• Negative match type. rolling it into a feature allow you to filter terms that would disqualify a query from seeing your ad. You can set negative broad match keywords, negative phrase match keywords, and negative exact match keywords. These function just like normal keywords, but for search term exclusion rather than inclusion. This is useful when you want to make sure your product isn’t confused for something else, or when you want to improve conversion by cutting out contextually similar queries that end up being completely irrelevant. Negative keywords are specified with a prefixed minus sign.

Throughout the years, Google has been making changes to its search engine – including how each match type really works. In other words, broad match keywords were always spec’d to reach the widest audience, but the mechanics behind how they worked have been tweaked time and time again.

While this change is more substantial than usual – removing a match type altogether – it was presumably done in the service of leaning out the concept of keyword matches and avoiding redundancies. Whether or not the idea was executed properly is still up for debate between advertisers and SEO experts.

Why is Google Phasing Out Modified Broad Matching?

Google has removed the modified broad match type in favor of rolling it into a feature as part of the phrase match type. In other words, at least on a conceptual level, nothing has changed. But on a more specific level, advertisers now need to be careful about how they add modifiers to their keyword strings, and they need to keep in mind that modifier keywords now count as phrase match keywords.

To sum it up, you can continue to prefix keywords with a plus sign to single them out in your ad campaign, and they will continue to function as broad match modifiers. However, Google will also treat these as phrase match keywords, which means word order and context is important.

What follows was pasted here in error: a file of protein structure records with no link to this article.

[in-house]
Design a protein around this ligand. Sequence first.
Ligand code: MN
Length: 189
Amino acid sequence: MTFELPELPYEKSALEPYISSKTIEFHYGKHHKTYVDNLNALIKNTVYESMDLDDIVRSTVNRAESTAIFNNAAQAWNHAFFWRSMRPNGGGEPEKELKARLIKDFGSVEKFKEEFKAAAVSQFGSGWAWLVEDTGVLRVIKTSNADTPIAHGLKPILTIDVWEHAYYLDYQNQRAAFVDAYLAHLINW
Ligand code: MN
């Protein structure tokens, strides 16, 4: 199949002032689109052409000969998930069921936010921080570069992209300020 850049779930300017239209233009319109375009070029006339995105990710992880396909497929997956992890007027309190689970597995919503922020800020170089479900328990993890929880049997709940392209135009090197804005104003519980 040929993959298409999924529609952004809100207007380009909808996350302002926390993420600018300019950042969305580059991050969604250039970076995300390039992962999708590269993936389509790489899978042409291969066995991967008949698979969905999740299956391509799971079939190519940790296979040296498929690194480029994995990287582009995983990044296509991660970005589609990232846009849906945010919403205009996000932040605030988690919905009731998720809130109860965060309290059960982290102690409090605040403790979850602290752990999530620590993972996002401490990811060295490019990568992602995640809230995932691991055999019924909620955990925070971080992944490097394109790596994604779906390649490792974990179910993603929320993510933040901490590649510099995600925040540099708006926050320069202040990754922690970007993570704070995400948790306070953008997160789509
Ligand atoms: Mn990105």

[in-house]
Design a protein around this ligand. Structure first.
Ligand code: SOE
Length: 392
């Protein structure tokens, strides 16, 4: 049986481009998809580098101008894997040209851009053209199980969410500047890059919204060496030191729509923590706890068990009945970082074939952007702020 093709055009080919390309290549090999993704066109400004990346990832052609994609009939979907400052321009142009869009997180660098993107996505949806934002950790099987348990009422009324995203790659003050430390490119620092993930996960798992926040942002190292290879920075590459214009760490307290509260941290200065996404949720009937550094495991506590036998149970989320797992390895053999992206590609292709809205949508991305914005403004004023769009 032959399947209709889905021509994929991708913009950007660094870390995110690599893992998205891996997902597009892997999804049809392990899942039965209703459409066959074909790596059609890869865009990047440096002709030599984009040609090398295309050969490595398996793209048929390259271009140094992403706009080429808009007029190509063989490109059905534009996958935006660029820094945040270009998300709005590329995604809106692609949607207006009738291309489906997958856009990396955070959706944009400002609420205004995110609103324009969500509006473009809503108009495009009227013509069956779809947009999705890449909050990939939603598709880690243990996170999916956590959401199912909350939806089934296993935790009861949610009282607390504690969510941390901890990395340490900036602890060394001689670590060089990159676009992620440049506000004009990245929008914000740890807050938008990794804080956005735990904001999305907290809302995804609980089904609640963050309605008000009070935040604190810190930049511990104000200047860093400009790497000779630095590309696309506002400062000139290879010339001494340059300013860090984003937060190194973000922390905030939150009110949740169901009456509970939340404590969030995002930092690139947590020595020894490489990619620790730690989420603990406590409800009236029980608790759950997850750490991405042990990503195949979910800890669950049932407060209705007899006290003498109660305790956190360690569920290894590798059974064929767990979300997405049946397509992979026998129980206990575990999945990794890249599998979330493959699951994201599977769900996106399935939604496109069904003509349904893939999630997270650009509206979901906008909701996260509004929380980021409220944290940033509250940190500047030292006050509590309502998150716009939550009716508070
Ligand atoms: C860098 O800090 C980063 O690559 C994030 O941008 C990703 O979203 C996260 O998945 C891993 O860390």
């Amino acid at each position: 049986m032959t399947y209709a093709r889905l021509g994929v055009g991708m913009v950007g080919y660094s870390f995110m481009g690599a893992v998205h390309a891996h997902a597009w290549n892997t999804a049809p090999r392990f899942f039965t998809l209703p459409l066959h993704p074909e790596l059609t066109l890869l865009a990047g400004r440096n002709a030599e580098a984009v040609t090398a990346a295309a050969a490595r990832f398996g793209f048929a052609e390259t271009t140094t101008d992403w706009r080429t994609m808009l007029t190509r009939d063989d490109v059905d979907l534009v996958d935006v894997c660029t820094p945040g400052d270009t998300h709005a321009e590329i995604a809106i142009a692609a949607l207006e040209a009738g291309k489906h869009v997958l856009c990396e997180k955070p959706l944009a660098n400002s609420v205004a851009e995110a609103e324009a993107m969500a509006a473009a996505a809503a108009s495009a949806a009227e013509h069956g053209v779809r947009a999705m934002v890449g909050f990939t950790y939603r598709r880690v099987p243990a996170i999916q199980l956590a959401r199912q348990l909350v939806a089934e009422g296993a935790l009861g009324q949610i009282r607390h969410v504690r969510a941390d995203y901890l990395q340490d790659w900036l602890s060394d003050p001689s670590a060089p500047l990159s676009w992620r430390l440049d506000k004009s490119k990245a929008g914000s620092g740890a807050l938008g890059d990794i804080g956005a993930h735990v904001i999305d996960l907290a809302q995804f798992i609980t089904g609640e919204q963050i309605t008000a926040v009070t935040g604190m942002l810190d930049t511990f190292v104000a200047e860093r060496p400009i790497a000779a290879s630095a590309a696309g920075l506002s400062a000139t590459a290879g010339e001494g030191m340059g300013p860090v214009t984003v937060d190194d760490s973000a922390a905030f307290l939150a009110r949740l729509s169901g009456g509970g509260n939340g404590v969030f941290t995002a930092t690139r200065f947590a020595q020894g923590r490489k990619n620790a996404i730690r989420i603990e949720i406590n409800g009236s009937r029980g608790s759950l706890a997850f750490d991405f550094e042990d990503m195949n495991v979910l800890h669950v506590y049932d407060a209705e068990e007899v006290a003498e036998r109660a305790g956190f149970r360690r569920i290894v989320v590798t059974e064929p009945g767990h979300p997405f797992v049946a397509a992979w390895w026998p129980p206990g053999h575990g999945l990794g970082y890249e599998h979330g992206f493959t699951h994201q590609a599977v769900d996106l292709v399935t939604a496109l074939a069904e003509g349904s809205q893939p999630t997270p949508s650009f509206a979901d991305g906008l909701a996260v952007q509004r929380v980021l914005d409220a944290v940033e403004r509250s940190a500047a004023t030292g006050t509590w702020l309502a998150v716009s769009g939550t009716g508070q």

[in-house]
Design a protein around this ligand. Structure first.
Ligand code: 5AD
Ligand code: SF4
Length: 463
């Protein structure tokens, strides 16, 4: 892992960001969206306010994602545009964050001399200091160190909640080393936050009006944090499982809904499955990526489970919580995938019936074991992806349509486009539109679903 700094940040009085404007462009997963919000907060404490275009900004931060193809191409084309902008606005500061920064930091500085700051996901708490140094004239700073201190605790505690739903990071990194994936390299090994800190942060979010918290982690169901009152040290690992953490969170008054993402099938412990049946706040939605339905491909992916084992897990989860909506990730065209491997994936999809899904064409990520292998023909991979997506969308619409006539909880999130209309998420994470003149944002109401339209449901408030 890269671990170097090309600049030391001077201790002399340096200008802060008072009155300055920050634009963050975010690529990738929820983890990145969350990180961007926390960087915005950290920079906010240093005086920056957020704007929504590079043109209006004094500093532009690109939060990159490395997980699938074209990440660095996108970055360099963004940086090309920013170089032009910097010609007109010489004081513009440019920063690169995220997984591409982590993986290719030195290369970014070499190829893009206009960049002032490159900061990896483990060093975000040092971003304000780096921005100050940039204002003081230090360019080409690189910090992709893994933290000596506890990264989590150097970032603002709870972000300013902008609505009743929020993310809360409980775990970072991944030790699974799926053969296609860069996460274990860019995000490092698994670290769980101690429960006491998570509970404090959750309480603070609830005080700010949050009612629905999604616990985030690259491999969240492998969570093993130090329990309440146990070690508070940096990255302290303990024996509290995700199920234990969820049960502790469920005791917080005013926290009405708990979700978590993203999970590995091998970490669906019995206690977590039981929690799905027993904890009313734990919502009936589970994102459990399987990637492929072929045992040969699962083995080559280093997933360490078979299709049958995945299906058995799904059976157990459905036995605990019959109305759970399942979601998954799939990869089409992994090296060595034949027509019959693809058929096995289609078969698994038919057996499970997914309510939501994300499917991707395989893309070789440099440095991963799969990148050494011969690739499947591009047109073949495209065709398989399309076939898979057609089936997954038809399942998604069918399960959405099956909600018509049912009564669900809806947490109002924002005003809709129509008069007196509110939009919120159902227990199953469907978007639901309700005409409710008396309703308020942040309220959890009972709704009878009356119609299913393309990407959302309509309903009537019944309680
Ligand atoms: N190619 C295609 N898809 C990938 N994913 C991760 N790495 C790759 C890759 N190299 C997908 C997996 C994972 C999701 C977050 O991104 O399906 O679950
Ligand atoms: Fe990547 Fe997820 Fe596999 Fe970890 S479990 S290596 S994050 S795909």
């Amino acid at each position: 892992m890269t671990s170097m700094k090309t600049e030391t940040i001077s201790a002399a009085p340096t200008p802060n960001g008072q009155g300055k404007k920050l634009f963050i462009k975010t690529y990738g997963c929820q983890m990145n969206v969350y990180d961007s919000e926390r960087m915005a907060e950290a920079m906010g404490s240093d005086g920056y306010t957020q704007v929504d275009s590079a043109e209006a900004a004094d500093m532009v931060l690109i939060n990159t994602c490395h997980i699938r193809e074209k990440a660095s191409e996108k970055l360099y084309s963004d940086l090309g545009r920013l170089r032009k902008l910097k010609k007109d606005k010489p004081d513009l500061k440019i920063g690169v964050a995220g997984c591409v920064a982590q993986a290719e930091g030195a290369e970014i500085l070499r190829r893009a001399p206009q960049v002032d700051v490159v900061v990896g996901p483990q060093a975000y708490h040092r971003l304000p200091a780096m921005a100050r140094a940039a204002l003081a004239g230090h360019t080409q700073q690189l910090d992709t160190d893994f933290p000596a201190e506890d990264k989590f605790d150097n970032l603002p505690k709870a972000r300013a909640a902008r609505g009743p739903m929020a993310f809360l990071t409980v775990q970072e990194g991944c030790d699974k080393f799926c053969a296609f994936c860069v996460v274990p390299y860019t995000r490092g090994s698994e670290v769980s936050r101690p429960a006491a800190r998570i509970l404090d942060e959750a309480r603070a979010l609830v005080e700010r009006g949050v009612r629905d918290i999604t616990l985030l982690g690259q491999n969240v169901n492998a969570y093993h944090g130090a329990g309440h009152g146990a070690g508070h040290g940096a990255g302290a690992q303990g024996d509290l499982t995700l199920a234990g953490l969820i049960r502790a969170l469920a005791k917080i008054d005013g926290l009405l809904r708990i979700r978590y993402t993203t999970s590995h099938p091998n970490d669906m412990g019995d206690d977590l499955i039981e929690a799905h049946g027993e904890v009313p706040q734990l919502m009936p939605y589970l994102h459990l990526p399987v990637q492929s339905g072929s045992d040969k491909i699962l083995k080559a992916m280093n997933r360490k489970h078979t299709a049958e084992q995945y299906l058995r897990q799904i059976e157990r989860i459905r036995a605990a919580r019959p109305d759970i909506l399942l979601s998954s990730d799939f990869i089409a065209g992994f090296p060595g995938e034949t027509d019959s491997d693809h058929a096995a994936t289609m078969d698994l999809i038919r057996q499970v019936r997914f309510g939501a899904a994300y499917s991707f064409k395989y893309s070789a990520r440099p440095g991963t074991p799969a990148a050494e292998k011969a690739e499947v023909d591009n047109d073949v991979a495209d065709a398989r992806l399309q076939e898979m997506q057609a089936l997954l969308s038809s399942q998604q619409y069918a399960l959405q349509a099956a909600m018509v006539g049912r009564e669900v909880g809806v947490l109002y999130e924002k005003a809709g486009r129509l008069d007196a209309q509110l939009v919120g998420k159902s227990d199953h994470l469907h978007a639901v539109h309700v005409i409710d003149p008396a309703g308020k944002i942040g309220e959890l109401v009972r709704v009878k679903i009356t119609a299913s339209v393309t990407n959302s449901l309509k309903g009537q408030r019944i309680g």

What You Should Do Next

Google itself is discouraging the use of the modified broad match type, as part of this shift towards the focus on the phrase match type is to highlight the improvements Google has made in recognizing context and intent for search optimization, through machine learning. Going forward, Google wants advertisers to utilize keywords on a simple slider of three basic settings

  1. Very broad, barely targeted (broad match type)
  2. Somewhat broad, somewhat targeted (phrase match type)
  3. Barely broad, very targeted (exact match type)

Whether these changes are positive depends on how your ad is currently performing. Google states that there should be no change in performance data and keyword migration wouldn’t be necessary and that modifiers can still be used until July when the change is completely integrated.

However, some campaigns will inadvertently do worse (reaching fewer people), but most should generally be doing better, as the increase in flexibility and automation means, at least on paper, your ad will be shown to more potential users. Here are some basic tips to navigate the change moving forward:

  • Review Google’s recommendations. Google’s optimization tips can be a handy starter checklist to help you work through the most obvious issues in your ad campaign, especially new duplicate keywords and match type suggestions.
  • Utilize negative keywords to specify queries you DON’T want. If you’re worried about Google’s new changes pulling in traffic you don’t want or need, take the time to highlight and exclude terms that are definitely bringing you non-converting visitors.
  • Listen to what advertisers have to say. Keeping up to date on the conversations and discussions between PPC experts and advertisers can help you optimize your keywords moving forward.

Worried about the new changes to your PPC campaign? Get in touch with us today for a free consultation.

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SEO virtuoso, CEO @Sachs Marketing Group. Focused on being of service to business owners - helping to better position them in the eyes of their audiences.